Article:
Seamus Heaney's The Peninsula Analysis

The Peninsula


Seamus Heaney’s “The Peninsula” encourages the reader to drive along the coastline “when you have nothing more to say” and discover the “land without marks”. After seeing the “ploughed field” and the “whitewashed gable”, you can drive “back home” in the “dark again” with the memories of the journey, such as the “glazed foreshore” and “leggy birds”, fresh and clear in your mind.

The opening line implies something has happened but all the relevant thoughts and arguments have been voiced and there is “nothing more” to add to the conversation or debate. The adverb “when” suggests these situations are unavoidable.

There are many reasons why you might have “nothing more to say”, such as an ill-tempered disagreement, a quiet moment of reconciliation, an exhausted philosophical discussion, or when no further explanation is needed. Although the phrase could apply to a huge range of emotions, such as grief and joy, Heaney is probably referring to writer’s block.

The poem is a self-conscious attempt to “uncode all landscapes” and clear his mind of the well-worn symbols and their tired definitions so he can look at the world with a “clean” perspective and a reinvigorated poetic voice.


In an interview, Seamus Heaney mentioned he wrote “The Peninsula” after “getting to know the countryside around Belfast” with his companions, Michael and Edna Longley, when they drove around the coves and long bays of the Ards Peninsula, enjoying the low-lying hills and salty air.1

They also visited the grave of Louis MacNiece, the highly-regarded poet who is buried in Christ Church Carrowdore, and discussed the importance of his poetry in their lives.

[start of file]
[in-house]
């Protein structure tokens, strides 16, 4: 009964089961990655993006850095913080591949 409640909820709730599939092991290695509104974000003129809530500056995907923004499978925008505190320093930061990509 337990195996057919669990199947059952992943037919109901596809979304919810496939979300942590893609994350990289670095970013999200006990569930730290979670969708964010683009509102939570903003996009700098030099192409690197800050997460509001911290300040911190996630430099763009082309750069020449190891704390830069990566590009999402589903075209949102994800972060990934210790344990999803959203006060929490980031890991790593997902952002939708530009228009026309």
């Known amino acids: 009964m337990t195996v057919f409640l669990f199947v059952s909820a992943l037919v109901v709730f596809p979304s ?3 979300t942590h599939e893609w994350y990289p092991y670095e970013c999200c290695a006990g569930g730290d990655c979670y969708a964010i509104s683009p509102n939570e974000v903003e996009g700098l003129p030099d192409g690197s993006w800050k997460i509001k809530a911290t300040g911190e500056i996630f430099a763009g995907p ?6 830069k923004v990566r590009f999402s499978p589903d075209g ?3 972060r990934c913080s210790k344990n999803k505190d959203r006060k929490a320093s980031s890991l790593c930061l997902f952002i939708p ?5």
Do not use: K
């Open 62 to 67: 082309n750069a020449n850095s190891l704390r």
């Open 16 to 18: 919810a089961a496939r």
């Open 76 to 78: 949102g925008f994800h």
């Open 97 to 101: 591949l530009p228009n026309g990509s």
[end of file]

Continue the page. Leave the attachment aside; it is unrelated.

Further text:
In this case, the second-person pronoun “you” might be continuing a dialogue with the Longleys and he is urging them to “just drive” and explore the landscape whenever they feel like they are struggling with their writing.


A peninsula is a stretch of land which is almost completely surrounded by water but remains connected to the mainland. The setting’s circularity is conveyed by the suggestion that “you will not arrive” which implies there is no final destination and you can only “pass through” the landscape. This is reinforced by the enjambment separating “you will not arrive” and “but pass through” because the poet is forcing the reader beyond the natural stop of first stanza and straight into the next. Inevitably, you will have to “drive back home”.

Of course, “arrive” denotes the conclusion of a journey. However, the verb could also suggest some sort of success, setting up the interpretation that the drive may not result in a moment of inspiration but it will provide some clarity. Heaney, who was a scholar of classical languages, is also playing with informal Latin word arripare, which meant to reach land. This nautical joke is continued in the way roads around the coastline are “always skirting landfall” so you will journey around the edge of the peninsula and never seem to “arrive”.

The setting is a useful signifier for a character’s desire for a momentary escape from their problems because the peninsula will not allow for a total break, but it can provide a fresh perspective when you “drive back home”.